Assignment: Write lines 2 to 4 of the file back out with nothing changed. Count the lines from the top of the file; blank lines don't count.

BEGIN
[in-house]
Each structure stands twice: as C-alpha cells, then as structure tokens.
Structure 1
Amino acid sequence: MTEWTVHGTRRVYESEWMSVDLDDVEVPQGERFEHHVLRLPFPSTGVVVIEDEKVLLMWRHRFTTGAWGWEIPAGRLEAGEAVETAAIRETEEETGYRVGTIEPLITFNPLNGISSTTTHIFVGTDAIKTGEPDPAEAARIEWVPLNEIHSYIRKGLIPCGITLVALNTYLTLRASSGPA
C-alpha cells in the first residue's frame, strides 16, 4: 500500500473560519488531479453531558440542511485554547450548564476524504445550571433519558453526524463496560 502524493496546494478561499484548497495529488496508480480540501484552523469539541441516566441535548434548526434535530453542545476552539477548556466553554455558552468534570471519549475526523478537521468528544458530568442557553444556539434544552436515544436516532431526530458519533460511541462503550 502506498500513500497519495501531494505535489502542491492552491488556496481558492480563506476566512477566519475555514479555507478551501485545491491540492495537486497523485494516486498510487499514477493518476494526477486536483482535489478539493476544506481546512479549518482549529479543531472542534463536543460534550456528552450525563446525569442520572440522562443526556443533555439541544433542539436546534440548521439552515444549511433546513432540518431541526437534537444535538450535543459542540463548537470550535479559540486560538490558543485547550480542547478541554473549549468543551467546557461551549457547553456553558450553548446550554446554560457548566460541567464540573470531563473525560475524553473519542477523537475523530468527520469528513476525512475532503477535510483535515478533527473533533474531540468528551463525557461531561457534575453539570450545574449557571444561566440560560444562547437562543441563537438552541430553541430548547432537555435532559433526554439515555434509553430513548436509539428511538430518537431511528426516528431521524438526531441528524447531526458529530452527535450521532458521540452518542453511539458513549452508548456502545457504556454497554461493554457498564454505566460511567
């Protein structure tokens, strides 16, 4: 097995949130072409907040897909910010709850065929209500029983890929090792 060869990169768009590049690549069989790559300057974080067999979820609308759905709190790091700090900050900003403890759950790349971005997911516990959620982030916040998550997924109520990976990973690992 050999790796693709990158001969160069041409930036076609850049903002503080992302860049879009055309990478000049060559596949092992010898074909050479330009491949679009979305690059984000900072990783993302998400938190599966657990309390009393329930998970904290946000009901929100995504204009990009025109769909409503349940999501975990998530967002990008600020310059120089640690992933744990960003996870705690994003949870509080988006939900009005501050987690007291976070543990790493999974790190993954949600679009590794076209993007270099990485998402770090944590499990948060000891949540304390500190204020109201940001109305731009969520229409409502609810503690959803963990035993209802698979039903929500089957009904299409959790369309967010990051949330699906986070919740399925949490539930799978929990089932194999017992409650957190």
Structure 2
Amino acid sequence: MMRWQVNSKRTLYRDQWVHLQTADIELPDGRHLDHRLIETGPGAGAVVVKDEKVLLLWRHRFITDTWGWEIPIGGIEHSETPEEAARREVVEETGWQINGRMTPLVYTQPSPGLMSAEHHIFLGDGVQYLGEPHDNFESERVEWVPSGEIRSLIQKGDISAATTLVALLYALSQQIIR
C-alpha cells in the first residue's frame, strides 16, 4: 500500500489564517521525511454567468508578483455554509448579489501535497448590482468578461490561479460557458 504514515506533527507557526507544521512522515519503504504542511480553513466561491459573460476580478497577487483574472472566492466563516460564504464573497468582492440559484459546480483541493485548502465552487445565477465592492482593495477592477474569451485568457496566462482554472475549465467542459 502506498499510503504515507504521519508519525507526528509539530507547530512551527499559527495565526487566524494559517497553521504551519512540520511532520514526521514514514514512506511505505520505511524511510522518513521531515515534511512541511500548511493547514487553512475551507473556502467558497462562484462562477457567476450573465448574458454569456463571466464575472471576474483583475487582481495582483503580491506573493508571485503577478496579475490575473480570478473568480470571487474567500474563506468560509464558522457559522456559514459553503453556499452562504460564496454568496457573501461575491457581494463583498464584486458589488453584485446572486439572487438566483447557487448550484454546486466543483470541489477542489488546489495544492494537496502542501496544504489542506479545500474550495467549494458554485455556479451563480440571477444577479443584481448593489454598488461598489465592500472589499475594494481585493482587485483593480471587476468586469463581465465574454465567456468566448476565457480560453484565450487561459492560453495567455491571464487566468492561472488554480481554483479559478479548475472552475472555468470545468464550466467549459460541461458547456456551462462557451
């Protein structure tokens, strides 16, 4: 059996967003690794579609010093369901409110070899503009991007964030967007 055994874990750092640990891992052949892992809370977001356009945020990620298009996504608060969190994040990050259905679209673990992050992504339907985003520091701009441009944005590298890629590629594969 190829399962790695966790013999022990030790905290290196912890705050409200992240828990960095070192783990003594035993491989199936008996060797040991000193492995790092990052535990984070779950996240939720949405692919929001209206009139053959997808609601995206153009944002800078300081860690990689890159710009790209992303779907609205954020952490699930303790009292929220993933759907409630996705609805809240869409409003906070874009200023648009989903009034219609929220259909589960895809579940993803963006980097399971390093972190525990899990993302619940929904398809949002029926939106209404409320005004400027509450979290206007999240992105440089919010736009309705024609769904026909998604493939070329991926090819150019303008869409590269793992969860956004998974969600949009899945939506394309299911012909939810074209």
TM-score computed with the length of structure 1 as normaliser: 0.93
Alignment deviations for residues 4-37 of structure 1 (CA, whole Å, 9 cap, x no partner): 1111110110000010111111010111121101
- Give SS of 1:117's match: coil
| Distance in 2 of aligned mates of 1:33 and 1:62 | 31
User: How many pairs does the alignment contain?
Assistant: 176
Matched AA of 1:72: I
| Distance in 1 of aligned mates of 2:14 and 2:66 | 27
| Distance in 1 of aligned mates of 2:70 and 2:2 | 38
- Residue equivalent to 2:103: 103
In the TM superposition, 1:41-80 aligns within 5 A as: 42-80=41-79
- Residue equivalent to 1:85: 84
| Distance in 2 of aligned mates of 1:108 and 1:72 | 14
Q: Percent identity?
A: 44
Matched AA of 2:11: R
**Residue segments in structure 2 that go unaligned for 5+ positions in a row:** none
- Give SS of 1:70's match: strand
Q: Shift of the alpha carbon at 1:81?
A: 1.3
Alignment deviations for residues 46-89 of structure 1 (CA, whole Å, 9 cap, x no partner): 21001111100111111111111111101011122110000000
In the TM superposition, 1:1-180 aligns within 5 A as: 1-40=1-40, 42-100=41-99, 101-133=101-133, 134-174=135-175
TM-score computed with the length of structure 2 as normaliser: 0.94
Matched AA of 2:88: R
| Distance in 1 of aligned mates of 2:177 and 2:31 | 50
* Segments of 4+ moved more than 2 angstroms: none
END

Each structure stands twice: as C-alpha cells, then as structure tokens.
Structure 1
Amino acid sequence: MTEWTVHGTRRVYESEWMSVDLDDVEVPQGERFEHHVLRLPFPSTGVVVIEDEKVLLMWRHRFTTGAWGWEIPAGRLEAGEAVETAAIRETEEETGYRVGTIEPLITFNPLNGISSTTTHIFVGTDAIKTGEPDPAEAARIEWVPLNEIHSYIRKGLIPCGITLVALNTYLTLRASSGPA